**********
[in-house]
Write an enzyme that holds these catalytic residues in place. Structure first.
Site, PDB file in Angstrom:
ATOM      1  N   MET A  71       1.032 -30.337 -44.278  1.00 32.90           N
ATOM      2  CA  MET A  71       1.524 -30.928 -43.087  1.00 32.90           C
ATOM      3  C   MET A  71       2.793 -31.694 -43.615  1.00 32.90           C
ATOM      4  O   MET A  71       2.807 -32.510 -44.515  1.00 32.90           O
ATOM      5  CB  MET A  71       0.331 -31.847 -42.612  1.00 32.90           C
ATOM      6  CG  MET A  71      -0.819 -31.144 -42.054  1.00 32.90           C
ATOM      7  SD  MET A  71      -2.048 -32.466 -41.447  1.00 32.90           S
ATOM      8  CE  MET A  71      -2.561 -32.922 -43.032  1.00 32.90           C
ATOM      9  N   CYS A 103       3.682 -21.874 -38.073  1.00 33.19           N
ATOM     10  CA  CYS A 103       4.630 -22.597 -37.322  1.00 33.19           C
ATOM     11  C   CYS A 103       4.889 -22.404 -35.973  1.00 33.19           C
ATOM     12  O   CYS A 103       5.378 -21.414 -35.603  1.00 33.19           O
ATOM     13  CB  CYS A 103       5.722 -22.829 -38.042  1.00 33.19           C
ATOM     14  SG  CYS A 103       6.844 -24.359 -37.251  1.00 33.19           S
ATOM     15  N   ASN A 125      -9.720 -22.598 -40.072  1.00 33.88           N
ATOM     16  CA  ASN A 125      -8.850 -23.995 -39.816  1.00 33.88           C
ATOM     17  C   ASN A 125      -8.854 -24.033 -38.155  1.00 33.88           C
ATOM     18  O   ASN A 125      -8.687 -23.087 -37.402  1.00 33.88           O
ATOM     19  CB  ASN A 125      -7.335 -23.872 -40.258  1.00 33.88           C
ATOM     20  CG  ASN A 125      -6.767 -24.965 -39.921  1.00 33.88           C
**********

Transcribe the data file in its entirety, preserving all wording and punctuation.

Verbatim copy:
[in-house]
Write an enzyme that holds these catalytic residues in place. Structure first.
Site, PDB file in Angstrom:
ATOM      1  N   MET A  71       1.032 -30.337 -44.278  1.00 32.90           N
ATOM      2  CA  MET A  71       1.524 -30.928 -43.087  1.00 32.90           C
ATOM      3  C   MET A  71       2.793 -31.694 -43.615  1.00 32.90           C
ATOM      4  O   MET A  71       2.807 -32.510 -44.515  1.00 32.90           O
ATOM      5  CB  MET A  71       0.331 -31.847 -42.612  1.00 32.90           C
ATOM      6  CG  MET A  71      -0.819 -31.144 -42.054  1.00 32.90           C
ATOM      7  SD  MET A  71      -2.048 -32.466 -41.447  1.00 32.90           S
ATOM      8  CE  MET A  71      -2.561 -32.922 -43.032  1.00 32.90           C
ATOM      9  N   CYS A 103       3.682 -21.874 -38.073  1.00 33.19           N
ATOM     10  CA  CYS A 103       4.630 -22.597 -37.322  1.00 33.19           C
ATOM     11  C   CYS A 103       4.889 -22.404 -35.973  1.00 33.19           C
ATOM     12  O   CYS A 103       5.378 -21.414 -35.603  1.00 33.19           O
ATOM     13  CB  CYS A 103       5.722 -22.829 -38.042  1.00 33.19           C
ATOM     14  SG  CYS A 103       6.844 -24.359 -37.251  1.00 33.19           S
ATOM     15  N   ASN A 125      -9.720 -22.598 -40.072  1.00 33.88           N
ATOM     16  CA  ASN A 125      -8.850 -23.995 -39.816  1.00 33.88           C
ATOM     17  C   ASN A 125      -8.854 -24.033 -38.155  1.00 33.88           C
ATOM     18  O   ASN A 125      -8.687 -23.087 -37.402  1.00 33.88           O
ATOM     19  CB  ASN A 125      -7.335 -23.872 -40.258  1.00 33.88           C
ATOM     20  CG  ASN A 125      -6.767 -24.965 -39.921  1.00 33.88           C